There are a host of different compasses out there on the market that are good for the tasks at hand, and I recommend that you find the one that works for you, or do what I did, stick with the first one you learned. I personally like a compass with a built in protractor. This way I can plot courses on the fly a lot easier, I can determine things like back azimuths extremely quickly, and it helps to have something handy for scale to measure distance.
Compasses give you what we call an azimuth, a direction, or degrees. Most compasses will give you 360 degrees of direction in a full circle. They are pretty simple to use on their own and with a map, they take a little time, but are simple and easy to use. Once you know where you are on a map, you can then use the compass to determine what direction you need to move. A compass with a protractor built in will help you use the map and compass together, and it will show you how far you have to go as well. So armed with this information there is nowhere you cannot go, so long as you can physically get there, know how to read a map, and have an understanding of a compass.
Now of course it seems like I have been dogging a little bit on the much loved and marketed GPS. GPS’s are great tools, they are basically little computers built in with maps and directional software that can pinpoint your location on a map within a very close distance, 5 meters. This is all something you can do with a map and compass, but GPS is generally more precises and a lot faster, it is a computer linked to 24 satellites after all.
There are a lot of good and trusted brands of GPSs out there, and finding the one you like and that fits your budget is generally not that hard. There are a host of them out there from water-proof wrist GPS units, to full on tablet sized units. They all vary in price, features, quality, accuracy, and they all are wonderful tools that can really save you a lot of time.
They do require batteries, they do require user input, and the do require updates. So it is possible for these units to fail you. They are designed to not, but anything that requires power to run can and will fail you when you need it most. So even if you opt for a GPS unit for hiking and camping, do yourself a tremendous favor. Get yourself a map and compass, and learn to use them.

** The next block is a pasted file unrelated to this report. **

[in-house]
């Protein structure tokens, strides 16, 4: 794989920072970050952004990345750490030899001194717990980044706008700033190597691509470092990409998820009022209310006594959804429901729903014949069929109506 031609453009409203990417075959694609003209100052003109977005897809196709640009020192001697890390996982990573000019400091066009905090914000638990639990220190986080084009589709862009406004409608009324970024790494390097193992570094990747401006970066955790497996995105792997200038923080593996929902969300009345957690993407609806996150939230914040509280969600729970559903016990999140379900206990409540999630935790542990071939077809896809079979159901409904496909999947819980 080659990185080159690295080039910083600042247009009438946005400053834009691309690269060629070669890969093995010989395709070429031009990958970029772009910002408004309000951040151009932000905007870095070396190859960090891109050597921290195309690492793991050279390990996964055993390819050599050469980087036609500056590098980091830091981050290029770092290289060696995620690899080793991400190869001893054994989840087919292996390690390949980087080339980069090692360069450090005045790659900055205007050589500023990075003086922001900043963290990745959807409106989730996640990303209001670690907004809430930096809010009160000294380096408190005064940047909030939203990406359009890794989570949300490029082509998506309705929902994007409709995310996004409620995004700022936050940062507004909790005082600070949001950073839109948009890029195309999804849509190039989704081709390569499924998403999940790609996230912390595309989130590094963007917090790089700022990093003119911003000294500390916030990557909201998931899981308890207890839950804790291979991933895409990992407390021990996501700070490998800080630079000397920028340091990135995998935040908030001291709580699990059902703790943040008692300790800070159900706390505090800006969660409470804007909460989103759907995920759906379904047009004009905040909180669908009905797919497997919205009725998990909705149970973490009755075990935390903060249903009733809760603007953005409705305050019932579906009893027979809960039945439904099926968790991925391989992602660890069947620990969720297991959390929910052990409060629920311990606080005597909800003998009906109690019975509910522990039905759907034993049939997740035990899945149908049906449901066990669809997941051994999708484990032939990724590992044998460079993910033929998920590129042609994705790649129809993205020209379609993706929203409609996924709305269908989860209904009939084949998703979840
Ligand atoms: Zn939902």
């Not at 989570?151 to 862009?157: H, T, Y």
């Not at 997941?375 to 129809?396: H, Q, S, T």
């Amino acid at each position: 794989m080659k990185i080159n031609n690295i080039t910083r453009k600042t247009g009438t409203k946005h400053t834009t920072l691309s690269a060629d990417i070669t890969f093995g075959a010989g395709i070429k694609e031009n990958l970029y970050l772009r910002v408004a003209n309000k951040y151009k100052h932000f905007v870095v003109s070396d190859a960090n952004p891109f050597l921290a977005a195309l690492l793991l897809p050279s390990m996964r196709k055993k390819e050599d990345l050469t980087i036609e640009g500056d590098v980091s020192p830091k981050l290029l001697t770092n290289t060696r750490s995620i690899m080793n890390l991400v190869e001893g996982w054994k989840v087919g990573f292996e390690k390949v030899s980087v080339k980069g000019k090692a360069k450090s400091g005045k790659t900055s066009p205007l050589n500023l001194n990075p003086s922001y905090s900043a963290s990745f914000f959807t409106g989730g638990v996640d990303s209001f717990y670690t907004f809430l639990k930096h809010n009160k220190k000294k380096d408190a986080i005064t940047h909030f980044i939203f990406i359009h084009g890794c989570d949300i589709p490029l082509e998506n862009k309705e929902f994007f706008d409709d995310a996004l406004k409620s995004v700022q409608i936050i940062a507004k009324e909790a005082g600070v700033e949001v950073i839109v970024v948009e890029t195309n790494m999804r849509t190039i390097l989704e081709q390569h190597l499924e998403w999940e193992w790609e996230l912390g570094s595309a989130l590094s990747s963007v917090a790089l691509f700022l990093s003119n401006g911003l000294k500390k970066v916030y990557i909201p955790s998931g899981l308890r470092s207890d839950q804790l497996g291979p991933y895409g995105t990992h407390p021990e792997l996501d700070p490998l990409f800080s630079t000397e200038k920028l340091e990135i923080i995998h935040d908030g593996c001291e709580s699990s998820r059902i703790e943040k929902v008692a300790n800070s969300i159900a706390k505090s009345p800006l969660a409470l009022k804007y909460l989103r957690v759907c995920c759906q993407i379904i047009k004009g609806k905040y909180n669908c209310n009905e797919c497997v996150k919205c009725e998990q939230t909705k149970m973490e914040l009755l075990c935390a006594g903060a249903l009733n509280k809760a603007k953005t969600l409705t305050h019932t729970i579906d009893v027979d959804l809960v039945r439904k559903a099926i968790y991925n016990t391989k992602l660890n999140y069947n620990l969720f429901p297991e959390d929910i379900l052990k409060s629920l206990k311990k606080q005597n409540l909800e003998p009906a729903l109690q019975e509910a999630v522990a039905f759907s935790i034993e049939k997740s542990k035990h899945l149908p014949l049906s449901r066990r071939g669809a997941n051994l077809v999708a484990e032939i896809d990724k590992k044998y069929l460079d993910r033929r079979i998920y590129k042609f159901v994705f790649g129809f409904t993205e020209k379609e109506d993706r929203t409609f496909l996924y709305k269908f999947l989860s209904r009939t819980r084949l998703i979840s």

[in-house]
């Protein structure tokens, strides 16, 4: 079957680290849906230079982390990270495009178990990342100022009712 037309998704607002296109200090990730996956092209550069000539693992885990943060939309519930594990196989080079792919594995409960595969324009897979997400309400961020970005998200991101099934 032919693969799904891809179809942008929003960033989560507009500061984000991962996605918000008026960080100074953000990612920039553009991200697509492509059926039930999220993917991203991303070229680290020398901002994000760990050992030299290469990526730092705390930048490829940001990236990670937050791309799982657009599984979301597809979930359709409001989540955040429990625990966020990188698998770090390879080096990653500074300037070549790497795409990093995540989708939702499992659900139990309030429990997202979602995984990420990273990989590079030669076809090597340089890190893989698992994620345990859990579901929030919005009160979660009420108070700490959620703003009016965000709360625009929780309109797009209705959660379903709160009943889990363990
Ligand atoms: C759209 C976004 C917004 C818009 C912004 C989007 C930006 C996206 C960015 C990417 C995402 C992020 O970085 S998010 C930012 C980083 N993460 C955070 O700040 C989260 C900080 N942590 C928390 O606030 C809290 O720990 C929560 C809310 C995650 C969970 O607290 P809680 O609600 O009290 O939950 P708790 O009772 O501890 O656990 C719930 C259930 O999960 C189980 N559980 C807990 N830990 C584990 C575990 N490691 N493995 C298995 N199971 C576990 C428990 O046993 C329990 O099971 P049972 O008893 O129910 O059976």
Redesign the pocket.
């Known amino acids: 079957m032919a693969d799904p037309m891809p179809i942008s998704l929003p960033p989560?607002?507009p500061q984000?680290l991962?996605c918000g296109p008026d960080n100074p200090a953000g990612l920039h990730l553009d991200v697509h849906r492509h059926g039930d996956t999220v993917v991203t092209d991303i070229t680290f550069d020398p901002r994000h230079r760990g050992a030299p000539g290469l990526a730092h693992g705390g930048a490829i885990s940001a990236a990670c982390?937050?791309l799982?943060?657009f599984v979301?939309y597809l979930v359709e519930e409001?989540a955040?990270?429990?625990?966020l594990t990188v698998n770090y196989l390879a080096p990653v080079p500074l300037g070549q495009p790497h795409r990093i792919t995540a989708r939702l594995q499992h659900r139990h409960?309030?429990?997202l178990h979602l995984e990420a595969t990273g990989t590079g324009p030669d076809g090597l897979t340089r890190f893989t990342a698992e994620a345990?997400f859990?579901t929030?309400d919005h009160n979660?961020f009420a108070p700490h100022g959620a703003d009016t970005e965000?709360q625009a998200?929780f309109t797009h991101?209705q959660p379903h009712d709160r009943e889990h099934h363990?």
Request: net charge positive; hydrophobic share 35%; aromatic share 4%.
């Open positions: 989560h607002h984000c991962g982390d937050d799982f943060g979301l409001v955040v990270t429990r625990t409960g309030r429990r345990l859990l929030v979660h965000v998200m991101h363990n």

Using a GPS in tandem with a map and compass will really cover all of your bases and if it seems redundant, good. We are talking about your survival, we are talking about you having the power and the means to get anywhere you want to go on this planet, and where you are going might be harsh and unforgiving, the wild tends to be that way in general, so anything you can do to give yourself an edge is not only smart, but essential.
So without a doubt you need to get yourself a map and compass. These two items and a knowledge of how to use them, will make you a better and more skilled adventure seeking hiker. You will have the confidence to go further and explore more than you ever thought possible. So gone are the days where you see something off in the distance asking yourself “I wonder how I get there!?” you now have the means to find that out for yourself.
Basic land navigation is easy to learn, and takes years to master. You need to practice as much as possible and try to find someone that can help show you as well. The idea is, we never stop learning. The world around us is constantly changing, so we need to be able to face those changes by being educated about the world around us…and what better way to start to understand the world around us, than by knowing where you stand on it…so learn some basic land navigation.
Stay alert out there, stay safe, and have fun! I will see you on the trail, with my map and compass!
Born in North Carolina, raised all over the world and currently living in the Rocky Mountains above Montana. I have spent most of my life fishing, hunting, exploring and adventuring. While the adventure continues I have started to jot a few of them down and write. I Love Fly Fishing and sharing what I know with others. Fish on!